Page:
ASK neutral rugby fans who they want to win the World Cup after last night's quarter-final and it's hard to imagine a response other than 'Wales'.
WALES 22 (S. Williams, M. Phillips, J. Davies tries, R. Priestland 2 con, L. Halfpenny pen)
IRELAND 10 (K. Earls try, R. O'Gara con, pen).
Halftime: Wales 10-3.
The Warren Gatland-coached side continued their push into the reckoning as tournament contenders with a thorough dissection of a brave Irish side who did not quite have the necessary finesse to create history and progress to their first semifinal. It will be Wales' first World Cup semifinal appearance since 1987.
This was a Celtic battle of wills, rugby played with robust spirit which had the teams surging end to end. Gatland, a contender for the title of coach of the tournament, has stood out with some winning selections (young skipper Sam Warburton, No 8 Toby Faletau, young first five-eighths Rhys Priestland and fullback Leigh Halfpenny). He has also instilled a belief in what is still a young side and has already justified the Welsh union's decision to appoint him until 2015.
They played courageous, running rugby for the most part and matched Ireland in the attrition stakes, with smothering defence. If it hadn't been for two Welsh penalty attempts hitting the posts, the result would have been more convincing.
Shane Williams' try in the third minute was an indication of what was to come.
Wales played with depth, hit passes hard and were prepared to be expansive, meaning the Irish defence was punished in the early stanzas. It was a regulation finish for the country's all-time top scorer.
The smarting Irish responded, eventually dominating the first half territory and possession - but not managing to score. They were prepared to employ the unusual tactic of opting out of shooting for penalty goals, not once but three times. All three attempts would have been from near the sideline, and the swirling wind needed to be considered, but it was a bold plan.
First-five Ronan O'Gara kicked for the corners instead but they were unable to pierce the Welsh defence, at least in the first half. Flaws in their skills set with knock-ons and other errors prevented them pounding the Welsh line for any sustained period.
A number of pundits felt the match would be won at the breakdown but opensiders Sam Warburton and Sean O'Brien and their respective cavalries largely cancelled each other out as they swarmed to retain possession. Likewise at the scrum, neither side demonstrated any resounding dominance.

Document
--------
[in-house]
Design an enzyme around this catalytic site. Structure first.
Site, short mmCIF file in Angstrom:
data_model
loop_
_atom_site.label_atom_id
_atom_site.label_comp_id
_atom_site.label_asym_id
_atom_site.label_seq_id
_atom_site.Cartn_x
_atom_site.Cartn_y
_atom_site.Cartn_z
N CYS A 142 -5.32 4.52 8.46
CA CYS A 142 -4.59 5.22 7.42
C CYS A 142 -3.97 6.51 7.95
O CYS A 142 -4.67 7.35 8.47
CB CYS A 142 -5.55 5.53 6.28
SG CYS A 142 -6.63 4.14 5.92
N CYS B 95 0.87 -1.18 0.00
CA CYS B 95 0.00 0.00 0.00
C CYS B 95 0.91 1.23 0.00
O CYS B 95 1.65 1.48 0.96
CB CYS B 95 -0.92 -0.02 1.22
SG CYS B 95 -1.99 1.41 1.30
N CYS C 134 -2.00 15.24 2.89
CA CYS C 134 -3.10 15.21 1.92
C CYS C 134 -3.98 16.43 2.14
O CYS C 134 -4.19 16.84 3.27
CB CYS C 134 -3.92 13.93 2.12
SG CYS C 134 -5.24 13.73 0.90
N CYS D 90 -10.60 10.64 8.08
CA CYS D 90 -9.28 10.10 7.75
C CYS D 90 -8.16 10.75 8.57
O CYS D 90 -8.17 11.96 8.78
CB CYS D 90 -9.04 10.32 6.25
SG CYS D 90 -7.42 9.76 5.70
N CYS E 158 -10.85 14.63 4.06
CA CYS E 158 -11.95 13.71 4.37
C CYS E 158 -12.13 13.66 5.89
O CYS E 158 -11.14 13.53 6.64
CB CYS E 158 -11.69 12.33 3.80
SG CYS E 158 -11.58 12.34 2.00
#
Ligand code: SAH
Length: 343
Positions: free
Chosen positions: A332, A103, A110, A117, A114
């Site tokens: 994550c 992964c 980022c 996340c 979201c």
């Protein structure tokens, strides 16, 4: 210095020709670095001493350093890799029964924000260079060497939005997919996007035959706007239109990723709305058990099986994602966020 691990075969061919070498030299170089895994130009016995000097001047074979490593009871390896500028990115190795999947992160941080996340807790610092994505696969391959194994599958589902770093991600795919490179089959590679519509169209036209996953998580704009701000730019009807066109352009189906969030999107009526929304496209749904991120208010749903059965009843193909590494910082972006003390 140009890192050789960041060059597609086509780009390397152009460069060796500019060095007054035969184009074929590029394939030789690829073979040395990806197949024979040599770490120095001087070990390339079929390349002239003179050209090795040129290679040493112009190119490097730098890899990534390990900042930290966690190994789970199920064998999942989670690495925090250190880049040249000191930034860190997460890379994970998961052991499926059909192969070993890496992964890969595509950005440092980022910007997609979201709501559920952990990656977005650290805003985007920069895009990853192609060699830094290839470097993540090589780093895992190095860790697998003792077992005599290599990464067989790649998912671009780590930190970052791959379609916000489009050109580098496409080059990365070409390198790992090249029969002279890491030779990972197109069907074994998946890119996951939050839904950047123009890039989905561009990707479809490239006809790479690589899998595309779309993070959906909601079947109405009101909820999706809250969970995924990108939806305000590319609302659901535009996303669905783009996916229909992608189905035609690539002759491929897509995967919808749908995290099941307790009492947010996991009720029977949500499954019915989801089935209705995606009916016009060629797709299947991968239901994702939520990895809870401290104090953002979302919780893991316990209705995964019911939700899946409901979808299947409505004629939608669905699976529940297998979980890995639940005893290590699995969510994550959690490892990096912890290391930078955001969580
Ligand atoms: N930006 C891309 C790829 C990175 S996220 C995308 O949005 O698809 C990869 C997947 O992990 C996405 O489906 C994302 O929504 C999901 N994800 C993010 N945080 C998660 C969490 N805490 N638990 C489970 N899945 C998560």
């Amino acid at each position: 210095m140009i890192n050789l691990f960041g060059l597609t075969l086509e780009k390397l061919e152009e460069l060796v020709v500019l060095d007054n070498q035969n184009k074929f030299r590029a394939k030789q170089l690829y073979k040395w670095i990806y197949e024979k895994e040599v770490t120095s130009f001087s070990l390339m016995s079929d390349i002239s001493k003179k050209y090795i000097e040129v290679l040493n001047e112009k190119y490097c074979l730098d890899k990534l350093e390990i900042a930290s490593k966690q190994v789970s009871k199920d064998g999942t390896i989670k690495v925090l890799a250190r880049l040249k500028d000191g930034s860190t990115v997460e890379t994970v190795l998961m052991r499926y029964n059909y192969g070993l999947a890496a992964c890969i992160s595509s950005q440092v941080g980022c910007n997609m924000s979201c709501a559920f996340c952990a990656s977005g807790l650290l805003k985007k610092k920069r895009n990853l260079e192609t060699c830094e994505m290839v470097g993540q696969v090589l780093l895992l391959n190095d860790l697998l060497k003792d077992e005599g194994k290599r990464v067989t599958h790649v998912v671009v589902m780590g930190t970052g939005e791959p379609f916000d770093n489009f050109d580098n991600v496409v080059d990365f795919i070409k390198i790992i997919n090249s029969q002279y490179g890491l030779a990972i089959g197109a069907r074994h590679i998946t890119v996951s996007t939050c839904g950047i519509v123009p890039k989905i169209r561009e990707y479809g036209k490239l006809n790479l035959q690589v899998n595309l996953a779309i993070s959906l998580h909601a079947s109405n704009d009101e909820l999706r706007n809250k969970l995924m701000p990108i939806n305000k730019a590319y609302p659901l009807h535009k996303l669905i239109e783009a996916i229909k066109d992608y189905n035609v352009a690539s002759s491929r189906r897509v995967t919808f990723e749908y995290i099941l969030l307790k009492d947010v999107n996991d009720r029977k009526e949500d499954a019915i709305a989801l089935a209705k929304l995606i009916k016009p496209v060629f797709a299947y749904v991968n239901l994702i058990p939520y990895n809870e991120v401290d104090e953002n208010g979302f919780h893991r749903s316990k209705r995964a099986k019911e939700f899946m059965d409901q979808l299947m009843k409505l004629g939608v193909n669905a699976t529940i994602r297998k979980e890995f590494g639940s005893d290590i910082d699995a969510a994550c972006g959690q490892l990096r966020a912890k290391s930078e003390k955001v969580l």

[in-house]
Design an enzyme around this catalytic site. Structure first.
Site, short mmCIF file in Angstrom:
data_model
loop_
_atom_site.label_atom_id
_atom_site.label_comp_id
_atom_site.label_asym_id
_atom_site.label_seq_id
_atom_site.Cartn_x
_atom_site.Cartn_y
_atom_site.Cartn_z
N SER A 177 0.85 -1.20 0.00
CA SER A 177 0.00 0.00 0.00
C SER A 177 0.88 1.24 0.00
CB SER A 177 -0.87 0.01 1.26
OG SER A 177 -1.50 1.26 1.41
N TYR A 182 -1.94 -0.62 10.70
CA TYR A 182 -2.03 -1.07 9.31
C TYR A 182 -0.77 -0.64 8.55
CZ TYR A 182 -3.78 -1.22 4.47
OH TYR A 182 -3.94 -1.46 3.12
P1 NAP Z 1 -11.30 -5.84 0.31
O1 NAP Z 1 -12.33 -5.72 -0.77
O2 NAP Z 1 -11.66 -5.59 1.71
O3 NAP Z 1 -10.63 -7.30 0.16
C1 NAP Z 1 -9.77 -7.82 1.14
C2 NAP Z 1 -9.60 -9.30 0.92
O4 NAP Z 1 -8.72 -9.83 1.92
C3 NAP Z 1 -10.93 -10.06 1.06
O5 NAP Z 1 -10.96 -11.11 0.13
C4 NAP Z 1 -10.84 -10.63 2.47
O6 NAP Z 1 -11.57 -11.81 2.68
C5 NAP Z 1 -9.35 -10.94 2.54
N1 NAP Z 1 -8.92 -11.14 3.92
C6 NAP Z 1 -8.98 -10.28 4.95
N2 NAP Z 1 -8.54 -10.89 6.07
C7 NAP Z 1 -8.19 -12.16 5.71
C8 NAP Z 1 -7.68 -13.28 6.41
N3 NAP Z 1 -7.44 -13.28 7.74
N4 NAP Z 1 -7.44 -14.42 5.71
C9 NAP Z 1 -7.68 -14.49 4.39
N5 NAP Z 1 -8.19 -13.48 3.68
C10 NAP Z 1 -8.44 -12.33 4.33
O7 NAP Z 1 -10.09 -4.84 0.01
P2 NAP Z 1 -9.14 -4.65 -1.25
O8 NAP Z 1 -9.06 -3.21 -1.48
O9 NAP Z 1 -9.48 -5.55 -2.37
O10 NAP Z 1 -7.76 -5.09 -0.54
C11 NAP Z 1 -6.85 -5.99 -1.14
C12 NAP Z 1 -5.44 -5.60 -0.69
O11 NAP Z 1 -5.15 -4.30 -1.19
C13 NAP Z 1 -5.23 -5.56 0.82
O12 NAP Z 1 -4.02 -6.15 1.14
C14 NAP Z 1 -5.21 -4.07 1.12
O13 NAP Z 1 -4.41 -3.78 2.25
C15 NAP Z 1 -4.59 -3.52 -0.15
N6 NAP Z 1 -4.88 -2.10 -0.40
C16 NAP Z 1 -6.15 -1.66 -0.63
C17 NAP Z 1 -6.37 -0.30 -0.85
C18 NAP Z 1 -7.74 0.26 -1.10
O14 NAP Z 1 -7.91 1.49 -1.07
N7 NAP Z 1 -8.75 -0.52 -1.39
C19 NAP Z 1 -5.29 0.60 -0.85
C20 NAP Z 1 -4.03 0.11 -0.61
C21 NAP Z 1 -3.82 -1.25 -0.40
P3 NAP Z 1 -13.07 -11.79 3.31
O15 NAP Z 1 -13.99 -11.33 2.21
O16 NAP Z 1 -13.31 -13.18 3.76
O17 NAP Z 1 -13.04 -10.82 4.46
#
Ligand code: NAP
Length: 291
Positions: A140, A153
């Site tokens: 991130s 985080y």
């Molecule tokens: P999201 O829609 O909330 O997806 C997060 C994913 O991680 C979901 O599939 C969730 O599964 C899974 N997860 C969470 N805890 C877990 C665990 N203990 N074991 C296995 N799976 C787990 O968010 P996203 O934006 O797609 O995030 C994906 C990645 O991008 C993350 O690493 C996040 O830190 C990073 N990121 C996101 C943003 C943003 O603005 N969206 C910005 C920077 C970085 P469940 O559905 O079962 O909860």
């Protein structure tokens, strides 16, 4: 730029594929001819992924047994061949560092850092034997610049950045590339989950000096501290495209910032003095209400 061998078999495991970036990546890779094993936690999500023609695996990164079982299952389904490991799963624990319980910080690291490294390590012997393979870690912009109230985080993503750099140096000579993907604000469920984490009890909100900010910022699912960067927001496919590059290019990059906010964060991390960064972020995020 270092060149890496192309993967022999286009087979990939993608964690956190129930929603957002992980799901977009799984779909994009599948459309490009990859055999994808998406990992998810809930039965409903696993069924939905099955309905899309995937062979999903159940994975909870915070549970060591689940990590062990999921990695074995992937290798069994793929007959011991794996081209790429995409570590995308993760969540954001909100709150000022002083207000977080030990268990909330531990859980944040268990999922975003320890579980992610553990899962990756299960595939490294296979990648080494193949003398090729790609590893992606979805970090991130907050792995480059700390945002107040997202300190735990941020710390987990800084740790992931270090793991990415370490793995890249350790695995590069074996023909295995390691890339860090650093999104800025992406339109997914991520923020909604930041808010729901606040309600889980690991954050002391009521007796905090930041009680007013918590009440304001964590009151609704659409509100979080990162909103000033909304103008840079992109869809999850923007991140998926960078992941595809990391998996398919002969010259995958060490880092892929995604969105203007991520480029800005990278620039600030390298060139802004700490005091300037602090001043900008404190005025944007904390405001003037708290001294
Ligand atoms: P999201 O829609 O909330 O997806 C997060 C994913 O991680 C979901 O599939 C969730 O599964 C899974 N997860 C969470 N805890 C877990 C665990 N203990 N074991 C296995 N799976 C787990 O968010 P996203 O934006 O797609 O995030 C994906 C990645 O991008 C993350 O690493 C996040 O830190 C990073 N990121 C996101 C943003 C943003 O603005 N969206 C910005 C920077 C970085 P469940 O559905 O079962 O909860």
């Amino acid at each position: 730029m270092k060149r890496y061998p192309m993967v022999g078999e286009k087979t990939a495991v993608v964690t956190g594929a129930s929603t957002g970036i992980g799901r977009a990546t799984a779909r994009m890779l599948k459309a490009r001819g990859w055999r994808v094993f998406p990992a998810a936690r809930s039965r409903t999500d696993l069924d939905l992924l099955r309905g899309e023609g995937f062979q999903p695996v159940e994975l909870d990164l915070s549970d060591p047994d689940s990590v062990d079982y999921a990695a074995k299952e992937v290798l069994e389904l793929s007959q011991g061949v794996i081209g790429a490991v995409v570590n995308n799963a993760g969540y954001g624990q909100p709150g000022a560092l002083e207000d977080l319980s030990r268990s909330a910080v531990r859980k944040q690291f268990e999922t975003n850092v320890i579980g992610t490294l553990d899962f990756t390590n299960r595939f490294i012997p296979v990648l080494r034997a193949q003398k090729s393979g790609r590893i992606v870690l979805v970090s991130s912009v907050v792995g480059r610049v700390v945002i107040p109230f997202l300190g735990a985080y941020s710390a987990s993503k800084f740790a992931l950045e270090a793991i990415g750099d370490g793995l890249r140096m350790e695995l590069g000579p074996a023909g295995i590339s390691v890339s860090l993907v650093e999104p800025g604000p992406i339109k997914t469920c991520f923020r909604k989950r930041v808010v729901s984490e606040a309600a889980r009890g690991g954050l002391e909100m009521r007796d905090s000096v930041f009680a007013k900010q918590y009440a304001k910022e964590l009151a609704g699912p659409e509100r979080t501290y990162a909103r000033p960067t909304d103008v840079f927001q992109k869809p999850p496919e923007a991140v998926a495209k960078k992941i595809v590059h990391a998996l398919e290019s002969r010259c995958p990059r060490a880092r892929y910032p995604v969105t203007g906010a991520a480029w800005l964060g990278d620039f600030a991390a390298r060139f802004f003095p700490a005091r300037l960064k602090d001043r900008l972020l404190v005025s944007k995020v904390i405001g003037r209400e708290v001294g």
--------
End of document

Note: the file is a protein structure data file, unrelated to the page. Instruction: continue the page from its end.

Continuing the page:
The Irish territory advantage in the first half was diminished by lateral movement and a lack of attacking variation, rather than progression up field.
That was in part due to the hesitation at the ruck before distribution from the likes of halfback Conor Murray, a problem that has hampered a number of teams at the tournament. It allowed the Welsh to re-gather and co-ordinate themselves to nullify the Irish raids.
The Welsh also proved too smart to fall into the trap made for the Wallabies where they held up mauls and earned a scrum feed for their trouble. Wales were quicker to hit the ground and recycle. Mike Phillips' crisp service unleashed Jamie Roberts numerous times in midfield; a formidable assignment for any defender.
Brian O'Driscoll and Gordon D'Arcy offered what midfield penetration Ireland managed through the varied run/kick/pass tactical plan from O'Gara - until he opted to sending wipers punts for the corners later in the first half as he willed the Welsh into making mistakes in their own 22. They didn't, despite having to make 85 tackles compared to Ireland's 46 and conceding six penalties to two.
Ireland seized momentum shortly after the break with Keith Earls' intelligent low dive into the corner which - with an O'Gara conversion - levelled the scores. But Wales soon showed, with the southerly behind them (as much as it can be in the swirling Cake Tin), they were determined to get into the Irish 22 and stay put.
With the territory controlled, points came too. Phillips continued a strong display with a dive to echo the scoring lunge of Gareth Edwards' 1973 Barbarians effort in the 50th minute. He planted the ball firmly in the corner to stretch the lead to 15-10.
Jonathan Davies' effort saw the Irish defence wilt under the pressure in the 65th minute and gave Wales vital breathing space.
Update your news preferences and get the latest news delivered to your inbox.